• No 611 Sqn
  • No 651 Sqn
  • No 652 Sqn
  • No 730 Sqn
  • No 740 Sqn
  • No 768 Sqn
  • No 770 Sqn
  • No 772 Sqn
  • No 800 Sqn
  • No 802 Sqn
  • No 808 Sqn
  • No 812 Sqn
  • No 815 Sqn
  • No 819 Sqn
  • No 821 Sqn
  • No 824 Sqn
  • No 825 Sqn
  • No 835 Sqn
  • No 837 Sqn
  • No 846 Sqn
  • No 848 Sqn
  • No 853 Sqn
  • No 860 Sqn
  • No 882 Sqn
  • No 885 Sqn
  • No 886 Sqn
  • No 889 Sqn
  • No 896 Sqn
  • No 899 Sqn
  • No 1490 (Fighter) Gunnery Flight
  • No 1497 (TT) Flight
  • No 1770 Sqn
  • No 1771 Sqn
  • No 1840 Sqn
  • No 1841 Sqn
  • No 1843 Sqn
  • No 1845 Sqn
  • No 1846 Sqn
  • No 1850 Sqn
  • No 3226 Servicing Commando

Thank you to all who attended ABCT’s unveiling at Ayr II (Heathfield) on Saturday 10th May 2014.

The event was very much appreciated by those who came along and was attended by veterans, politicians and members of the local community. A special thanks must go to the Lord Provost of South Ayrshire, Councillor Helen Moonie, for unveiling the memorial along with ABCT’s Director General, Kenneth Bannerman. The Depute Provost of South Ayrshire, Mary Kilpatrick, who is one of Ayrshire’s Veterans Champions, was in attendance along with Councillor Ian Cavana and and the Chair of Prestwick South Community Council, Archie Monkhouse. At a national level the support of John Scott MSP was greatly appreciated. We are extremely indebted to all the members of the Royal British Legion who took part in, and supported, the ceremony, as well as those from the Royal Air Forces Association. This includes local members of the Royal British Legion Bikers Branch. A special thanks must go to Legion piper, Jimmy Murphy. The Legion Chaplain, the Reverend Douglas Moore dedicated the stone and we are very grateful for his involvement. Lastly, ABCT would like to thank Alastair Dickie of Ediston Real Estate, who own and manage Healthfield Retail Park (part of the land on which the former airfield stood). Without Alastair’s help the event would not have been possible.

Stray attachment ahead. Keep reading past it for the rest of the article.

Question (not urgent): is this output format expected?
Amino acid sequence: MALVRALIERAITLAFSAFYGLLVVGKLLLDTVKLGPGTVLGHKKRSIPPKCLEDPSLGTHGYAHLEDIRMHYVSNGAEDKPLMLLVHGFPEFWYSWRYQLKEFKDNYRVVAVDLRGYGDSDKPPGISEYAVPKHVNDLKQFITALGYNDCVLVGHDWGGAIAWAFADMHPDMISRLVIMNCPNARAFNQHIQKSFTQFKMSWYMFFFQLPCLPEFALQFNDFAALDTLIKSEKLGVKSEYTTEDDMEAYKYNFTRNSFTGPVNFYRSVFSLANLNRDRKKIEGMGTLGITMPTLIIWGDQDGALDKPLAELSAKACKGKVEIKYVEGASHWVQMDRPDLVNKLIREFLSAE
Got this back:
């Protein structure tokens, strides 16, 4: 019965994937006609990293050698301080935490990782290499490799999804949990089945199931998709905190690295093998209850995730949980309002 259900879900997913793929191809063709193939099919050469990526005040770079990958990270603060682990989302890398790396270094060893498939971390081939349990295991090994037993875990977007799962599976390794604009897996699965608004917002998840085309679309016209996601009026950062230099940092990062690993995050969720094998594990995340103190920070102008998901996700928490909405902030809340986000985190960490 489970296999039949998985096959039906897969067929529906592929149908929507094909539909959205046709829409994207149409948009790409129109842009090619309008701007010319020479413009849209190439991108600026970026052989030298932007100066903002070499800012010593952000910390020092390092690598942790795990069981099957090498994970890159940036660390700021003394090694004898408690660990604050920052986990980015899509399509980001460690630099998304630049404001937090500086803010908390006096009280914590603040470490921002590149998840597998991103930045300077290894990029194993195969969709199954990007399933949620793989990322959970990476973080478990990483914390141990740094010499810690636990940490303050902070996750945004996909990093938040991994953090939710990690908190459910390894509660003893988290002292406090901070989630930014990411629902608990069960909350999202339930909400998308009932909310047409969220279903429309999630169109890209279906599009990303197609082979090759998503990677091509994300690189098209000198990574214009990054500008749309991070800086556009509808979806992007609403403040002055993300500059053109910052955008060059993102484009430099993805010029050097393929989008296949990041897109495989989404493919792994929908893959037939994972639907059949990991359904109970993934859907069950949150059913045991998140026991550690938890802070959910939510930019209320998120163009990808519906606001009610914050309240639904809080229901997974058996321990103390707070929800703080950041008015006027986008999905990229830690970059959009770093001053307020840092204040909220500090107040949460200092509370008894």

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001IWM (E(MOS) 276).jpg

A Boeing B-17 (Model 299) at Ayr (Heathfield), May 1941. © IWM (E(MOS) 276)


Aerial photograph of Ayr airfield, 18 May 1941. © Courtesy of Historic Environment Scotland (RAF Air Photographs Collection),

003SSQ Ayr Heathfield 1942 A.jpg

Personnel of the Station Sick Quarters (SSQ) at Ayr II, 1942. Courtesy of Vic Simpson


Plan of Ayr, c. late 1940s. © Royal Navy Research Archive. Click here for more information.

Decoy Airfield(s):

Newark Hill

Associated Airfield(s):